I started going to the doctor on a regular basis last year. While I exercise fairly regularly and usually eat pretty well, I thought that regular physicals and other health maintenance efforts was a good idea. I was surprised that one of the first recommendations my doctor made was daily vitamin D supplementation.
I don’t know how many of you take vitamin D every day. After reading a new review article by Franklin D. Shuler, M.D., PhD, et al. in the November – December 2012 issue of Sports Health, I suspect many of you should probably start.
Here are some of the article’s findings:
Our diets provide very little of the vitamin D we need. The human body uses 4000 – 5000 IU of vitamin D3, but almost none of that vitamin D3 comes from dietary intake. Most vitamin D3 is produced by our exposure to ultraviolet radiation. Lack of time spent outdoors, sunscreen use, and other factors negatively affect our vitamin D levels.
Vitamin D deficiency is very common. Using 30 ng/mL 25-hydroxyvitamin D3 as a cutoff, 50-75% of children and adolescents are deficient in vitamin D. 75% of Caucasian adults and 90% of African-American and Latino adults are deficient as well. It has been shown to be common among adults undergoing orthopaedic surgery as well.
Elite athletes are often vitamin D deficient as well. Among indoor athletes, 94% of basketball players and 83% of gymnasts have been shown to have deficient levels. Even outdoor athletes are at risk. A study looking at vitamin D levels among New York Giants players showed that 81% were deficient.
Lower levels of vitamin D might increase your risk of musculoskeletal injury. A study of players on an NFL team showed that players who suffered a musculoskeletal injury had levels much lower than those players that did not get injured.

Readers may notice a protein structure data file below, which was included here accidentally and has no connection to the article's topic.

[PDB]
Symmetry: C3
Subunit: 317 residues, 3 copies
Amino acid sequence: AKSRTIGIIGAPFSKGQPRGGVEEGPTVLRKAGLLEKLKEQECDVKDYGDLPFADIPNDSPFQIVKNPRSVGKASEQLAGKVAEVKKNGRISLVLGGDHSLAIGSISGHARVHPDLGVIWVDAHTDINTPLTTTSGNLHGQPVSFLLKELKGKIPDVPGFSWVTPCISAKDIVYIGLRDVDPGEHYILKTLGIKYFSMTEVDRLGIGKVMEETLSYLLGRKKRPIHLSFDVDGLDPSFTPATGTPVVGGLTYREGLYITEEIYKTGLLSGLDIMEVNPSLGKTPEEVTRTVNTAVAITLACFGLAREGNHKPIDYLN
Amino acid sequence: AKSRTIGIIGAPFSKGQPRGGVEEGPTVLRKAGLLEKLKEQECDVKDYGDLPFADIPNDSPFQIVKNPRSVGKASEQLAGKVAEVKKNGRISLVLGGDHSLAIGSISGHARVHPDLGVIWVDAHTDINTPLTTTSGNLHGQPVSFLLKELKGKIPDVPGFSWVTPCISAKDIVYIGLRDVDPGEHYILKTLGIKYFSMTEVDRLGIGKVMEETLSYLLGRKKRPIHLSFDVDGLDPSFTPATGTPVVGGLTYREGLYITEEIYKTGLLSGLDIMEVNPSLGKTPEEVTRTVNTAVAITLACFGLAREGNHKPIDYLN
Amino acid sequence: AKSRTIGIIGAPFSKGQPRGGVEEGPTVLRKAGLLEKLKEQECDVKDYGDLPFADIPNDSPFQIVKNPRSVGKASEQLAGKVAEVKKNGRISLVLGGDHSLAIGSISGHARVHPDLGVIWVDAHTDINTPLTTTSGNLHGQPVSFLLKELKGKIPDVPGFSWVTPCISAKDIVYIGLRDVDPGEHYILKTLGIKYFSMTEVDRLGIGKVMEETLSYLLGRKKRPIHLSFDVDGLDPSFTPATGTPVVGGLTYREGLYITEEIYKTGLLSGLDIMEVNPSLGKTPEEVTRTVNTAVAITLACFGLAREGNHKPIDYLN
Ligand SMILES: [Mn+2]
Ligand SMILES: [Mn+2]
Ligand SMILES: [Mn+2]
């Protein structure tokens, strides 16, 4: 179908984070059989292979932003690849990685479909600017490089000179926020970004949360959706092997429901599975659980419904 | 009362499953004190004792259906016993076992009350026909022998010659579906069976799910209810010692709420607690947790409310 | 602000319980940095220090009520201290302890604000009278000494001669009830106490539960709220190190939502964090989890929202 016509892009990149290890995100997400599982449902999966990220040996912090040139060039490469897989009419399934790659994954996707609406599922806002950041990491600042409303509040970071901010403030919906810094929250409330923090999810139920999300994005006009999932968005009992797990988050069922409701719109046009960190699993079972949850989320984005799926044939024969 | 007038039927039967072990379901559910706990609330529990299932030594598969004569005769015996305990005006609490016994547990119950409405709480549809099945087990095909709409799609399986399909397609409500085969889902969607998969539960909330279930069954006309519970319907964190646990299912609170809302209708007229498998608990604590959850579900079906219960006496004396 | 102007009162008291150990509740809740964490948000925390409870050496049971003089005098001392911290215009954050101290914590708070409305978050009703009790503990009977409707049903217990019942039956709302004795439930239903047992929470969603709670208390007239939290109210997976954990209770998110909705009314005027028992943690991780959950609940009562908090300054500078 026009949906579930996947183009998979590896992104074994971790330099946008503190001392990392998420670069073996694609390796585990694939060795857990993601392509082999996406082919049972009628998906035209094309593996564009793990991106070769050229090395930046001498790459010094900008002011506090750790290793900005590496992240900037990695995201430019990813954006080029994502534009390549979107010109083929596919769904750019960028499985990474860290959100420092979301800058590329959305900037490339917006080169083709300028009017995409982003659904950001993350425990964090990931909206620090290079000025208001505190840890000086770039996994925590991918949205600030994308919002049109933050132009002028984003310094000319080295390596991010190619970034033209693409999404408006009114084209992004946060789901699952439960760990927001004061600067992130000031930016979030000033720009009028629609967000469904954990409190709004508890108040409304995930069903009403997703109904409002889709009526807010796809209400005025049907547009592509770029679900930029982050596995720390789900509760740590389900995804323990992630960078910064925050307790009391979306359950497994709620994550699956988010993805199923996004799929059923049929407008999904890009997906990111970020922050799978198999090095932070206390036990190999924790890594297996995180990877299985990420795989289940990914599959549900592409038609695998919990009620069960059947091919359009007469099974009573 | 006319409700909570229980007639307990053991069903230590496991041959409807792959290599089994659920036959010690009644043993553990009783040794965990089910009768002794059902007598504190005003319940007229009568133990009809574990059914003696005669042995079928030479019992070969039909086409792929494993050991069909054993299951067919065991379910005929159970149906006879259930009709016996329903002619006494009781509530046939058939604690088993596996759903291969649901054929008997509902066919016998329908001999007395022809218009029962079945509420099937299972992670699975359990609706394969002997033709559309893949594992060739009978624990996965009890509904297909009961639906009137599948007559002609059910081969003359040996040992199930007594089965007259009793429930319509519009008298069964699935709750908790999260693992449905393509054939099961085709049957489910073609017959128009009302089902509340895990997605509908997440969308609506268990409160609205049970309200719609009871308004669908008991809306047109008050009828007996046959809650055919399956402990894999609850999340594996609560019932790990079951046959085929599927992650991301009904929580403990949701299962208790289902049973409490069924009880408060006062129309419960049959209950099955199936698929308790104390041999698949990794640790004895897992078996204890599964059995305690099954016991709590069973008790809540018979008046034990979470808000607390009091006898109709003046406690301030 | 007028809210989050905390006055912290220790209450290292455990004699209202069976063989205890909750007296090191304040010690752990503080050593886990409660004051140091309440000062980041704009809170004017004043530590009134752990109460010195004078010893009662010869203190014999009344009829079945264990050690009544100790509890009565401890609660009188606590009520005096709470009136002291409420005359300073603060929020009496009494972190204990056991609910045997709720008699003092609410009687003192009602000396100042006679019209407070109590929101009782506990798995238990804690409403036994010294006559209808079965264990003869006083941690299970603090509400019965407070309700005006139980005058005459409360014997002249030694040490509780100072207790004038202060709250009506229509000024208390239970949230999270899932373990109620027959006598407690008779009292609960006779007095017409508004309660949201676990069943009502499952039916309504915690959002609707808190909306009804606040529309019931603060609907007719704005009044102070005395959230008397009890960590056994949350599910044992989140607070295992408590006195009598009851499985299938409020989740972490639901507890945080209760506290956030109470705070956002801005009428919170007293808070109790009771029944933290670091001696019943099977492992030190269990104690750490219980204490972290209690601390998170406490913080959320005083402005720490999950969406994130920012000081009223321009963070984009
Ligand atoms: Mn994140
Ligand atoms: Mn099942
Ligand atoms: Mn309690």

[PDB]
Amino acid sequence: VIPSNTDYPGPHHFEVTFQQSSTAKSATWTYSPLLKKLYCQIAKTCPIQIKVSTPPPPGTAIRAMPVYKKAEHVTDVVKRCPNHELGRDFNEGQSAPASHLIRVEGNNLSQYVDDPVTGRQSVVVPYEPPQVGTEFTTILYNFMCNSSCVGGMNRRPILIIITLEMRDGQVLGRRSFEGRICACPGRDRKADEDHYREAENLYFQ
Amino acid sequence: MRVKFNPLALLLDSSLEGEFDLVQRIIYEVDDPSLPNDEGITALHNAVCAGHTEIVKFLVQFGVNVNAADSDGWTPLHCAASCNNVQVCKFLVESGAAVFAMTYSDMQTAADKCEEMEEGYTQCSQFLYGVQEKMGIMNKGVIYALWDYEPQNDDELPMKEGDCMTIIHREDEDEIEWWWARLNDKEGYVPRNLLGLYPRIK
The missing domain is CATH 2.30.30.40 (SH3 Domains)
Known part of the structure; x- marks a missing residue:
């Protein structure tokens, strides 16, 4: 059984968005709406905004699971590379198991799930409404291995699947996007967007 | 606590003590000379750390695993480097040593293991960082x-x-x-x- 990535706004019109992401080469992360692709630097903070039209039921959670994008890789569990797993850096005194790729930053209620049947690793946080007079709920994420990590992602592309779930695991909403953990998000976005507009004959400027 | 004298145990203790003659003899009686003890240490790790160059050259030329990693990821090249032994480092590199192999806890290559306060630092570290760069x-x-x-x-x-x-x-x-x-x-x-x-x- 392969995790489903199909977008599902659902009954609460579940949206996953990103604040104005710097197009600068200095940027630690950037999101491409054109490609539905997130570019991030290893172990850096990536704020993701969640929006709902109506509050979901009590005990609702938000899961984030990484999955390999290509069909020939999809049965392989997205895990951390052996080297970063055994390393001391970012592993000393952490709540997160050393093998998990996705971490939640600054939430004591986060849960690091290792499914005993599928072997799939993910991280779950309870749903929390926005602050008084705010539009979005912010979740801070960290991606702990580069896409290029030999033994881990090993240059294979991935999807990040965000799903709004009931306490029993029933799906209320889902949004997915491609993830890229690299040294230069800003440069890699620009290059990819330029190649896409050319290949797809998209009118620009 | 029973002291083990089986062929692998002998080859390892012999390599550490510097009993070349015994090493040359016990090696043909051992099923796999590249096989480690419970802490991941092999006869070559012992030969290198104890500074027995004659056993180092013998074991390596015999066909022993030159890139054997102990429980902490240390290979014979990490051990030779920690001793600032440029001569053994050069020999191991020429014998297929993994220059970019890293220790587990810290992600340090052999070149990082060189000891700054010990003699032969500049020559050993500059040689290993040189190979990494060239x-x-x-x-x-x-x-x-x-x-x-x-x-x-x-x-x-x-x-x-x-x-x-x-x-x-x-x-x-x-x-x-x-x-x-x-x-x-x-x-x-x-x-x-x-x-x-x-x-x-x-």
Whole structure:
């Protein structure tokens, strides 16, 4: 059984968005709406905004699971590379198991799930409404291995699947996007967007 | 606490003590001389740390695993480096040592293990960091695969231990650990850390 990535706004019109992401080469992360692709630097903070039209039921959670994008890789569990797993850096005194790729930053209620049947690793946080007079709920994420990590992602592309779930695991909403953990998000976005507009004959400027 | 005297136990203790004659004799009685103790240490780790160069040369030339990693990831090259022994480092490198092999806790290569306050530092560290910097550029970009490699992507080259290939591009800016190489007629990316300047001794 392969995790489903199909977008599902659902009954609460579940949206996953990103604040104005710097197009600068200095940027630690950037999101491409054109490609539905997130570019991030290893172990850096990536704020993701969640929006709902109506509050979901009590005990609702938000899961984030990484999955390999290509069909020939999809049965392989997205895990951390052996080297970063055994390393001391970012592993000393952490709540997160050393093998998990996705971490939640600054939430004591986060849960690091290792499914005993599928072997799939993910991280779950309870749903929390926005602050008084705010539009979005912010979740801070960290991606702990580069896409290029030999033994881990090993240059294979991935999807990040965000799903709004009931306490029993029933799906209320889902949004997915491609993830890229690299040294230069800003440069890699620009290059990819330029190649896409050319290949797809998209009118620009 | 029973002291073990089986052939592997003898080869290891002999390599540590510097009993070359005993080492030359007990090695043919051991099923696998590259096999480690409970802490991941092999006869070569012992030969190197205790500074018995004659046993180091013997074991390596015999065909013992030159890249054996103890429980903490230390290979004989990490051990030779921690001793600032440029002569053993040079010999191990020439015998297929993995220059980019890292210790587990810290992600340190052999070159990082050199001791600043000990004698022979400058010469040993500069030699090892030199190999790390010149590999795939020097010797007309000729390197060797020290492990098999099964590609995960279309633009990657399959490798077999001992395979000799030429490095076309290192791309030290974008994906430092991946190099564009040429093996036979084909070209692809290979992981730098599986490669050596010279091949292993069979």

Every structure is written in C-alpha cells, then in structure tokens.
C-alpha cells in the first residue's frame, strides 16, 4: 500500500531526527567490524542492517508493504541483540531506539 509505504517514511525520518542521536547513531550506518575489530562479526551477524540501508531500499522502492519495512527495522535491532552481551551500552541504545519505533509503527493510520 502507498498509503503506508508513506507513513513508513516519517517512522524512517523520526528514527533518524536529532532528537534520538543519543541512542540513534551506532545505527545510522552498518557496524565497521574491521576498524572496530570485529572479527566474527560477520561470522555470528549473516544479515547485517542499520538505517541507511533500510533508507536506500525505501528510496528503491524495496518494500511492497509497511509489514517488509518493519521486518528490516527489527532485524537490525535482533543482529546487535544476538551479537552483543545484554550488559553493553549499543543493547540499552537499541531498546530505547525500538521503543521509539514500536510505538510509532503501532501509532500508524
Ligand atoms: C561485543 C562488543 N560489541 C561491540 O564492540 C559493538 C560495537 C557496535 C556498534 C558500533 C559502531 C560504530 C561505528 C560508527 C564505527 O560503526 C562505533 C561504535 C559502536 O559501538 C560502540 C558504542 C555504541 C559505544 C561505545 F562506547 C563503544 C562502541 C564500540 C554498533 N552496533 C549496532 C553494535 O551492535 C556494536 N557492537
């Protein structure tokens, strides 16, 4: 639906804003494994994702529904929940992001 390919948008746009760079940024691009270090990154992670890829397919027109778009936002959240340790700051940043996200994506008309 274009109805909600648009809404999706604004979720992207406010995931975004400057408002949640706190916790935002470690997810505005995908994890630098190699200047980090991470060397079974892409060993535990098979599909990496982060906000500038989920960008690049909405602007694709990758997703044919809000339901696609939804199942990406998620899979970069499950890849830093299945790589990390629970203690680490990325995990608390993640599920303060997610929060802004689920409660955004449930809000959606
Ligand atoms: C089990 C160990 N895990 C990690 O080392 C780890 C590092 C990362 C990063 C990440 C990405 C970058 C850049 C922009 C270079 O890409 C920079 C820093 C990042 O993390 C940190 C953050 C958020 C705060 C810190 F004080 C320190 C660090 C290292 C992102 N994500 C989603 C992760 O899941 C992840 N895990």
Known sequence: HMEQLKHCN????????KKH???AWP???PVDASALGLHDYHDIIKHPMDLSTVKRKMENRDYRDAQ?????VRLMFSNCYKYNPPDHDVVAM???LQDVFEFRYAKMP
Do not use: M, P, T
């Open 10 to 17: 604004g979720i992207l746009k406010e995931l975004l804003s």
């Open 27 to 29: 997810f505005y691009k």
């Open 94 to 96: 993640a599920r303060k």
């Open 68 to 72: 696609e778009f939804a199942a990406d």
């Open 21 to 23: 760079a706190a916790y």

Higher vitamin D levels might improve athletic performance. Increased vitamin D levels are associated with increased strength, jump height and power, and exercise capacity.
Vitamin D supplementation might prevent or decrease overtraining syndrome. Inflammatory cytokines TNF-alpha and IL-6 are increased with vitamin D deficiency after intense exercise. Vitamin D supplementation might decrease inflammation after heavy physical training sessions, theoretically allowing athletes to resume training faster.
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Vitamin D supplementation might decrease the risk of falling. Fast-twitch, type II muscle fibers are thought not only to be important for athletic performance but also for fall prevention. People with adequate vitamin D supplementation are thought to have a 20% lower risk of falling, possibly due to its effects on type II muscle fibers.
Higher vitamin D levels might have many other health benefits. Patients have lower rates of colds and flu with increased vitamin D levels. Many other aspects of physical and mental health are being investigated, including many cancers, cardiovascular disease, diabetes mellitus, hypertension, strokes, asthma, and depression.
Do you think these findings are surprising? Do you take daily vitamin D supplementation? If you are an avid exercise enthusiast, would you consider starting vitamin D supplementation to improve performance? Share your thoughts below!